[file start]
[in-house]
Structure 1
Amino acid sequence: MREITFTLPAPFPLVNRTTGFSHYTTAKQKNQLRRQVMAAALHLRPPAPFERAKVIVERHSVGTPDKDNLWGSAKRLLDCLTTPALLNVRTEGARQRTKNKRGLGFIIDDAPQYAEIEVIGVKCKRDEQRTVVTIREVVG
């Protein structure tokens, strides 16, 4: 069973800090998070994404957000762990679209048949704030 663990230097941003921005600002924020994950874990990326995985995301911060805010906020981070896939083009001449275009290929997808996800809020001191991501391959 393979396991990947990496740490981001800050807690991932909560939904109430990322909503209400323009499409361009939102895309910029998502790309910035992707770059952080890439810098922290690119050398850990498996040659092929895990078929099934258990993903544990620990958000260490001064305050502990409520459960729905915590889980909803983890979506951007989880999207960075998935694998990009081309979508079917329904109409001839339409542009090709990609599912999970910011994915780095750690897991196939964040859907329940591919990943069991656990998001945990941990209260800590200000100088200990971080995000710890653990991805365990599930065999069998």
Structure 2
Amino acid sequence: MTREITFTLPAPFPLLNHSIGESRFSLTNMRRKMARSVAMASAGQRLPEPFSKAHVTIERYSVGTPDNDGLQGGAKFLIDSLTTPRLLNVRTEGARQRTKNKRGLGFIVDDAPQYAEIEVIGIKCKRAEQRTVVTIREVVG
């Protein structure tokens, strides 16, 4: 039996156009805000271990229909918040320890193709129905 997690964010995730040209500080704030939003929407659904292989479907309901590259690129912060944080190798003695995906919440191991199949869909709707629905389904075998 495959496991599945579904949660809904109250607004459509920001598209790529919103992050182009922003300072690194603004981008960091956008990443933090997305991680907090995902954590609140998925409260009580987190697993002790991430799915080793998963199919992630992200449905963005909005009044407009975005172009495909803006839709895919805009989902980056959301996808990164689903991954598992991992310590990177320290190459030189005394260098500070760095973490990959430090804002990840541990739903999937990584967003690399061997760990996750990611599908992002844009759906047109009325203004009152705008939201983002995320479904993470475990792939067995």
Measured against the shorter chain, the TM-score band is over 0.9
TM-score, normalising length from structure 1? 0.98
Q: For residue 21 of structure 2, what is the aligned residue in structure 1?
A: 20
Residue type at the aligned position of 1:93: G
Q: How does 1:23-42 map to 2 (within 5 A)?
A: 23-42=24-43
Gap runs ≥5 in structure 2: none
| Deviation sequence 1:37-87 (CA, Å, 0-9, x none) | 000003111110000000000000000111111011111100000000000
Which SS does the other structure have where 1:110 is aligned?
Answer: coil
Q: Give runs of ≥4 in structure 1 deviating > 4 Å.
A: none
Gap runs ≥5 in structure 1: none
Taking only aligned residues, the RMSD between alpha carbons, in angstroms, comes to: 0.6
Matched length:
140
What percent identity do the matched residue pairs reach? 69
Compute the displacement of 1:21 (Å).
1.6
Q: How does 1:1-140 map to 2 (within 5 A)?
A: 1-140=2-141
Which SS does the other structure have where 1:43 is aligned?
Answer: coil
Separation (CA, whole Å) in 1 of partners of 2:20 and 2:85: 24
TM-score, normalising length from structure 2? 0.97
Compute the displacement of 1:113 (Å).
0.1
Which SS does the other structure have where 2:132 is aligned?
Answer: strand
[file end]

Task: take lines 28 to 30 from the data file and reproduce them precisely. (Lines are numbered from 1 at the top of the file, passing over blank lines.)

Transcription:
Q: How does 1:1-140 map to 2 (within 5 A)?
A: 1-140=2-141
Which SS does the other structure have where 1:43 is aligned?